On July 26, 2023, the SEC announced that it had adopted new rules requiring issuers to disclose “material cybersecurity incidents” and “material information regarding…cybersecurity risk management, strategy, and governance.” As proposed, the rules included several components that received strong negative comments. For example:
- The proposals would have required “disclosure about the cybersecurity expertise of members of the board of directors,” including whether any board members have cybersecurity expertise and, if so, “the name(s) of any such director(s)… and detail necessary to fully describe the nature of the expertise.” This proposal was severely criticized by issuers and investors, among others.
- An even more controversial proposal was a proposed requirement to disclose on Form 8-K, within four business days, extensive details about any “cybersecurity incident that is determined by the registrant to be material”. This proposal was opposed by companies on numerous grounds, including that it is often difficult to know whether an incident is material and that reporting an incident may make it more difficult to investigate it.
Given the current composition of the SEC, many observers expected the worst – i.e., that these and other objectionable aspects of the proposals would be adopted. We may not have gotten the worst, but what we got doesn’t seem to be great, either. Specifically, the final rules provide as follows:
- Companies will be required to disclose on Form 8-K any cybersecurity incident deemed to be material, including “material aspects of the nature, scope, and timing of the incident, as well as the material impact or reasonably likely material impact of the incident on the [company], including its financial condition and results of operations.” The final rules focus more on the impacts of the incident rather than details of the incident itself; for example, disclosure of the incident’s remediation status, whether data has been compromised, or potential system vulnerabilities, all of which would have been required under the proposal, will not be needed.
- Perhaps the most troubling aspect of the new rules is the timing of disclosure. Specifically, companies are required to “determine the materiality of an incident without unreasonable delay following discovery and, if the incident is determined material [sic], file [a] Form 8-K generally within four business days of such determination.” Time will tell, but it would seem inadvisable to assume that a company has much if any leeway in determining the materiality of an incident.
- This is reinforced by the one stated exception to the four-day reporting requirement. Specifically, “disclosure may be delayed if the United States Attorney General determines that immediate disclosure would pose a substantial risk to national security or public safety and notifies the Commission of such determination in writing.” But that’s not all; “[i]f the Attorney General indicates that further delay is necessary, the Commission will consider additional requests for delay and may grant such relief through possible exemptive orders.” In other words, even if the AG says delay is necessary, it appears that the SEC will consider whether to accept his/her views. The detailed wording of the requirement (which this commentator has admittedly not yet reviewed) may provide some helpful details, but it’s hard to envision all – or possibly any – of this happening in four business days.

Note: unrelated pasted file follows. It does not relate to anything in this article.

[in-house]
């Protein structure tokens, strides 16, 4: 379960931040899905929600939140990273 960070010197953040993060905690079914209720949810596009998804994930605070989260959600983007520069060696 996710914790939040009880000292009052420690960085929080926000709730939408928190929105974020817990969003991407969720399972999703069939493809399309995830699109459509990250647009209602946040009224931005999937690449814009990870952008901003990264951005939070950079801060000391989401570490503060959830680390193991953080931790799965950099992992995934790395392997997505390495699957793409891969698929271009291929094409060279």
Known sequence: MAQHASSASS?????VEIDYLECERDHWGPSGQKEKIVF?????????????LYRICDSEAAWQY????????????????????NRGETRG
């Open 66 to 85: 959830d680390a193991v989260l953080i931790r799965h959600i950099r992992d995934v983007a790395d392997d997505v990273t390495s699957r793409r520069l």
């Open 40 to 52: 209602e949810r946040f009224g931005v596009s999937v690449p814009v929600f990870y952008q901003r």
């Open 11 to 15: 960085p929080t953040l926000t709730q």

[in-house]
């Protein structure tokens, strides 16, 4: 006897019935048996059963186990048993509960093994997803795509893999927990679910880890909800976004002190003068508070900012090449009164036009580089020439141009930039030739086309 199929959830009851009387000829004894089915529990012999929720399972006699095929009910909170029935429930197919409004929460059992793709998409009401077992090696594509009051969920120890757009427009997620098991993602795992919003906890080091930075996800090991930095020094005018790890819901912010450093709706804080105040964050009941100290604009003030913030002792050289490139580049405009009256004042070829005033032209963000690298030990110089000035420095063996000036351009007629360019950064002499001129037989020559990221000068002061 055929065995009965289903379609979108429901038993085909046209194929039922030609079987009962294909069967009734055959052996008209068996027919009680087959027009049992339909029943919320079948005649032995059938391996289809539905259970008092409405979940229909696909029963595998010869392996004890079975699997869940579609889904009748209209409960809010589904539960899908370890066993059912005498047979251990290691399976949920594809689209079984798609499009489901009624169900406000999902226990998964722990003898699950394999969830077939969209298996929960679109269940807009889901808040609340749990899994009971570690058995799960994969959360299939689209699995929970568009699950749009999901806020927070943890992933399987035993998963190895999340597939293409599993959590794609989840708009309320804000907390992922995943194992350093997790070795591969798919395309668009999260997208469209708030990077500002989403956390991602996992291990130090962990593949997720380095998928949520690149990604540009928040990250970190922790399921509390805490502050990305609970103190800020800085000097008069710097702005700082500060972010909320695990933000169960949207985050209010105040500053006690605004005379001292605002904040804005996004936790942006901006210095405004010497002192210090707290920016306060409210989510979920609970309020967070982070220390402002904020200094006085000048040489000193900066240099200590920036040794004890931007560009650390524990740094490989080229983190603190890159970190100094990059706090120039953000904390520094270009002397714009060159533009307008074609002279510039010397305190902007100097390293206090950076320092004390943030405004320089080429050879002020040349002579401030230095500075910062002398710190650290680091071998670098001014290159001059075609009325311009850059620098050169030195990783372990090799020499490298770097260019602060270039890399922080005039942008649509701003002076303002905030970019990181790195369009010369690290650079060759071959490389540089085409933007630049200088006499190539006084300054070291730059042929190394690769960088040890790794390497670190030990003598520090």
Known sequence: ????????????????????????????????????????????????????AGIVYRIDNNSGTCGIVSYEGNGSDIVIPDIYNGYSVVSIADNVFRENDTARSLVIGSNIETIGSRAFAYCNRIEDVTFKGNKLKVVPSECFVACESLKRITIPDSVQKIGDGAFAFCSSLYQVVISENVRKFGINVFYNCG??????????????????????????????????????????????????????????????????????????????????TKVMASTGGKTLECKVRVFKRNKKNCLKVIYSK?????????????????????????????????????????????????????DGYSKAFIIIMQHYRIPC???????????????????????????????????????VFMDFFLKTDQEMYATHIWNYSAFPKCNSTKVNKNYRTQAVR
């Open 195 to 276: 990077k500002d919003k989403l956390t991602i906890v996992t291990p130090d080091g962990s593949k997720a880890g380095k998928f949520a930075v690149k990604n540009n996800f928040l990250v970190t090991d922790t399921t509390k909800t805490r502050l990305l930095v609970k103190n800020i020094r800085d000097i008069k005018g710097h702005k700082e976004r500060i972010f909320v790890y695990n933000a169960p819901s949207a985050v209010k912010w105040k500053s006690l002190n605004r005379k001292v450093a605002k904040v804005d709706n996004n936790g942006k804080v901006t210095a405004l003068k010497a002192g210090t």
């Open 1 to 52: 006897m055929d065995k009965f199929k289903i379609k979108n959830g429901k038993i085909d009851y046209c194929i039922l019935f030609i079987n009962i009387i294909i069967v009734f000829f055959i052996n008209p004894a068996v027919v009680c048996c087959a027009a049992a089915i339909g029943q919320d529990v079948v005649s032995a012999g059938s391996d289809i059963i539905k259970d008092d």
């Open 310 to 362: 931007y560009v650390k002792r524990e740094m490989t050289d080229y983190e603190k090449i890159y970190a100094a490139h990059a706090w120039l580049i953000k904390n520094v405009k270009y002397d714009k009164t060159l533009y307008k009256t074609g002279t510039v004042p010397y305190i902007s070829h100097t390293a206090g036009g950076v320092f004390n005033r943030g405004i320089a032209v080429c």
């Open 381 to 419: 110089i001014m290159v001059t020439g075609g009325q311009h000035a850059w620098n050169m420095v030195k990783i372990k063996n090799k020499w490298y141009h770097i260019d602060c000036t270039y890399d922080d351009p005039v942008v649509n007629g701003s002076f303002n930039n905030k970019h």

Not surprisingly, Commissioner Peirce voted against the rule, noting that obtaining approval from the Attorney General within four days “will be quite a feat.”
If you are wondering where the good news can be found, the SEC did drop the requirement to disclose cybersecurity expertise on the board. Instead, the rules will require companies to describe (1) “their processes… for assessing, identifying, and managing material risks from cybersecurity threats, as well as whether any risks from cybersecurity threats, including as a result of any previous cybersecurity incidents, have materially affected or are reasonably likely to materially affect” the company; and (2) “the board of directors’ oversight of risks from cybersecurity threats and management’s role and expertise in assessing and managing material risks from cybersecurity threats.” While disclosing how boards oversee cybersecurity risk seems like a good idea, that the language quoted above will almost certainly lead to lots of boilerplate, with little benefit.
Another bit of good news is that the final rules dropped the proposed requirement for companies to disclose when a series of previously undisclosed individually immaterial cybersecurity incidents have collectively become material. Instead, the SEC added the words “a series of related unauthorized occurrences” to the definition of “cybersecurity incident.”
To the extent the new disclosures are to be included in 10-K reports, they will be required beginning with reports for fiscal years ending on or after December 15, 2023. The incident disclosure requirements for 8-K reporting will take effect for companies other than smaller reporting companies on the later of 90 days after the date of publication in the Federal Register or December 18, 2023. Smaller reporting companies will have an additional 180 days and must begin complying with these requirements the later of 270 days from the effective date of the rules or June 15, 2024.
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This publication is for general information only. It is not legal advice, and legal counsel should be contacted before any action is taken that might be influenced by this publication.
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